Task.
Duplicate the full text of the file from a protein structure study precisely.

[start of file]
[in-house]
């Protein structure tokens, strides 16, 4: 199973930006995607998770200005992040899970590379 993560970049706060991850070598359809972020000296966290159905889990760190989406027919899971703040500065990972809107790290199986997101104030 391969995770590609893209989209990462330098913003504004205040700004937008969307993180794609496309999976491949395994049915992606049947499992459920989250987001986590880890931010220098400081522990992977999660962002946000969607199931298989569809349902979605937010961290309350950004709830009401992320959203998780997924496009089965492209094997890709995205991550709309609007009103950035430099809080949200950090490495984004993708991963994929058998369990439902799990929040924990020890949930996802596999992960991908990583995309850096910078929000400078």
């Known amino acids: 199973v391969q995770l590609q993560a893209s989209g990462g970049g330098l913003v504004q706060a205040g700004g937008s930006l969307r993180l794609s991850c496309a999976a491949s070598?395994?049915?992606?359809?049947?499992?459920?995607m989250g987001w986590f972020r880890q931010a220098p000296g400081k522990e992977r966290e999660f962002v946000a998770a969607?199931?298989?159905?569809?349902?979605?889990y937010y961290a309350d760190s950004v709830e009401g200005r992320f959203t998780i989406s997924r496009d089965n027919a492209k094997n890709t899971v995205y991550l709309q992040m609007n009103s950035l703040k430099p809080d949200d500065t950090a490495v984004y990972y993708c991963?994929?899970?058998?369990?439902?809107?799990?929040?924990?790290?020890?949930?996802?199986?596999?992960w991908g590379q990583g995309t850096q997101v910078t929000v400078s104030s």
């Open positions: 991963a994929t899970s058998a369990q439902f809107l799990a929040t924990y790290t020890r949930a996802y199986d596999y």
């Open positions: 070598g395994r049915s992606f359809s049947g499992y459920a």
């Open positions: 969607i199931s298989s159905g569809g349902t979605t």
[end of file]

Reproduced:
[in-house]
């Protein structure tokens, strides 16, 4: 199973930006995607998770200005992040899970590379 993560970049706060991850070598359809972020000296966290159905889990760190989406027919899971703040500065990972809107790290199986997101104030 391969995770590609893209989209990462330098913003504004205040700004937008969307993180794609496309999976491949395994049915992606049947499992459920989250987001986590880890931010220098400081522990992977999660962002946000969607199931298989569809349902979605937010961290309350950004709830009401992320959203998780997924496009089965492209094997890709995205991550709309609007009103950035430099809080949200950090490495984004993708991963994929058998369990439902799990929040924990020890949930996802596999992960991908990583995309850096910078929000400078």
């Known amino acids: 199973v391969q995770l590609q993560a893209s989209g990462g970049g330098l913003v504004q706060a205040g700004g937008s930006l969307r993180l794609s991850c496309a999976a491949s070598?395994?049915?992606?359809?049947?499992?459920?995607m989250g987001w986590f972020r880890q931010a220098p000296g400081k522990e992977r966290e999660f962002v946000a998770a969607?199931?298989?159905?569809?349902?979605?889990y937010y961290a309350d760190s950004v709830e009401g200005r992320f959203t998780i989406s997924r496009d089965n027919a492209k094997n890709t899971v995205y991550l709309q992040m609007n009103s950035l703040k430099p809080d949200d500065t950090a490495v984004y990972y993708c991963?994929?899970?058998?369990?439902?809107?799990?929040?924990?790290?020890?949930?996802?199986?596999?992960w991908g590379q990583g995309t850096q997101v910078t929000v400078s104030s």
């Open positions: 991963a994929t899970s058998a369990q439902f809107l799990a929040t924990y790290t020890r949930a996802y199986d596999y």
């Open positions: 070598g395994r049915s992606f359809s049947g499992y459920a």
């Open positions: 969607i199931s298989s159905g569809g349902t979605t």